Hill sprints are an anaerobic strength-training exercise designed to improve muscle strength and efficiency and reduce the risk of injury. A typical hill sprint workout consists of several eight- to 12-second speed bursts up a 4- to 15-percent grade with a one-minute walking recovery after each sprint. In an interview with “Men’s Journal,” NFL performance coach Keats Snideman suggests completing hill sprints at somewhere near 95 percent intensity. First-time hill sprinters, warns Brad Hudson, should avoid jumping in too fast. Hill sprints significantly stress both muscles and connective tissues, and should be taken easy at first to avoid injury.
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Aerobic vs. Anaerobic
In general, running is an aerobic activity, meaning it rhythmically works large muscle groups for an extended period of time, inspiring your muscles to burn both carbohydrates and fat. Hill sprints, on the other hand, are an anaerobic exercise that build up your leg muscles while burning only carbohydrates. Hill sprints are a strength-training exercise that indirectly improves endurance, in some ways more like weight reps than regular running. As coach Snideman advises, “Rest long enough between sprints so you can go as fast in the next rep as you did in the last.”
The Anaerobic Threshold
Mark A. Jenkins, M.D., an NCAA trainer for Rice University, notes that the muscles quickly burn through their short-term energy stores, and lactic acid begins to build up in the muscles. This is called the anaerobic threshold. Anaerobic training pushes that threshold to a higher and higher percentage of your peak performance. This means that as you do hill sprint workouts, you will be training your body to go further and further using the more efficient aerobic pathways in the future. As Jenkins notes, “Continually pushing yourself into a lactate burdened state makes your body adapt.”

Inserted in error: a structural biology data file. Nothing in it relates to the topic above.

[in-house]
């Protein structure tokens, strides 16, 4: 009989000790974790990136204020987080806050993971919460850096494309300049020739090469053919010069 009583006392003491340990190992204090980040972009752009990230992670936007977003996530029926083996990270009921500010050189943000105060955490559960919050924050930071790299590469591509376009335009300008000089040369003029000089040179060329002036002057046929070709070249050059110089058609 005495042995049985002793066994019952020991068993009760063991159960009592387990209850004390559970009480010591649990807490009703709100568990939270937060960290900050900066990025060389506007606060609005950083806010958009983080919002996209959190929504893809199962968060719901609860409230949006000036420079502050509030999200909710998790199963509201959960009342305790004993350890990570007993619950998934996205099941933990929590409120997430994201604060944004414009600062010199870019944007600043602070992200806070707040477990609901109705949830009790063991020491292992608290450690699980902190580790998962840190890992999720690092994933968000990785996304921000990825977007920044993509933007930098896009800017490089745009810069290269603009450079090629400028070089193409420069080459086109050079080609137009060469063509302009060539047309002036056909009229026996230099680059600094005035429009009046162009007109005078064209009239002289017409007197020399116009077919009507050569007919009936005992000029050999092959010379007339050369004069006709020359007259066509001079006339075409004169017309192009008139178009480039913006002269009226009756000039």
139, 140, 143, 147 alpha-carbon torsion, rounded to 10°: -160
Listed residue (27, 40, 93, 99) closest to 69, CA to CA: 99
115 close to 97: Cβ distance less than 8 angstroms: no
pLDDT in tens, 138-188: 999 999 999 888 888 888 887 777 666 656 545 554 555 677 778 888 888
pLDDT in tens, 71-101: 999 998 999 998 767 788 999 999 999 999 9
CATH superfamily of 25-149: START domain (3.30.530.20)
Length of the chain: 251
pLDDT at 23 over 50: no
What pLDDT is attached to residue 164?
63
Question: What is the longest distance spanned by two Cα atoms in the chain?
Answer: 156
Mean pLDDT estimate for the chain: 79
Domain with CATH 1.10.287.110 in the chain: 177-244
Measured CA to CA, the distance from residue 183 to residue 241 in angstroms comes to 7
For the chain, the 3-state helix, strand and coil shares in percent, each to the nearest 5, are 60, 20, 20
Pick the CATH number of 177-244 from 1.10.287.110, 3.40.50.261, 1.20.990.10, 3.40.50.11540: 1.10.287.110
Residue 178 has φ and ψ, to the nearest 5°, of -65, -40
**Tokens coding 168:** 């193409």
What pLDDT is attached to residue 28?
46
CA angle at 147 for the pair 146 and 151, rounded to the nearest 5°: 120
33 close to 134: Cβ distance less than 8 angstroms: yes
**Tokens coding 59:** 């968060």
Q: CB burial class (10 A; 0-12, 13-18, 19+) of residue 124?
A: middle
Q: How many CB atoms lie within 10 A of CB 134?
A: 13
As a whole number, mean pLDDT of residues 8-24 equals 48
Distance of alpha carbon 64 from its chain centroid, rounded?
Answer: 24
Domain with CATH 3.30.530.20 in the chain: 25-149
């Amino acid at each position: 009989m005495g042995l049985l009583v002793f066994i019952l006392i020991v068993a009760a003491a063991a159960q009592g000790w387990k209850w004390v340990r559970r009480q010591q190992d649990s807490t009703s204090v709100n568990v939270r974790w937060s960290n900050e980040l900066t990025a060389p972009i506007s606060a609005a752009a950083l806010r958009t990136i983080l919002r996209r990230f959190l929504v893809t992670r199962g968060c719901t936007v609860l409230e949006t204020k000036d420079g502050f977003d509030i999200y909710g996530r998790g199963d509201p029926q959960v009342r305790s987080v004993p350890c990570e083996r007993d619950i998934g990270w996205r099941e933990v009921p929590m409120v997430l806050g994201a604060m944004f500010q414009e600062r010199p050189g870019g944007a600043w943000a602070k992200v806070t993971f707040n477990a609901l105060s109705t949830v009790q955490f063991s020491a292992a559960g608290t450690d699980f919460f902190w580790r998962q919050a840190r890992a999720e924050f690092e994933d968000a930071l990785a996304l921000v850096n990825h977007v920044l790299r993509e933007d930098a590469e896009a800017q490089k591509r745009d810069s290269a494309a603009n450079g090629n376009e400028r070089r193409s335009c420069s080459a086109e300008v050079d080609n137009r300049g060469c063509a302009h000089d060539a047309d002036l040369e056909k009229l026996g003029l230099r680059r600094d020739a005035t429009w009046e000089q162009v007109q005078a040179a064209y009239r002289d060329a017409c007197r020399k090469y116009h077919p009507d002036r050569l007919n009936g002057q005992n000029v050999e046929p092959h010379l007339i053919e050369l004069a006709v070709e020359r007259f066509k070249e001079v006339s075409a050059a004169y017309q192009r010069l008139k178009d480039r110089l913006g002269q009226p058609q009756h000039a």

Hill sprints, like any good strength-training exercise, strengthen the muscles they target over time. Stronger muscles are less likely to give out during intense workouts. In an interview with Competitor.com, Olympic coach Brad Hudson pointed out this quality about hill sprints. “Your first session will stimulate physiological adaptations that serve to better protect your muscles and connective tissues from damage in your next session,” he said.
According to coach Hudson, hill sprint workouts also "increase the power and efficiency of the stride," developing your ability to cover more ground with the same number of strides. Hill sprints build muscle strength that comes in handy in race situations. They foster optimal muscle efficiency, speed and resistance to muscular fatigue.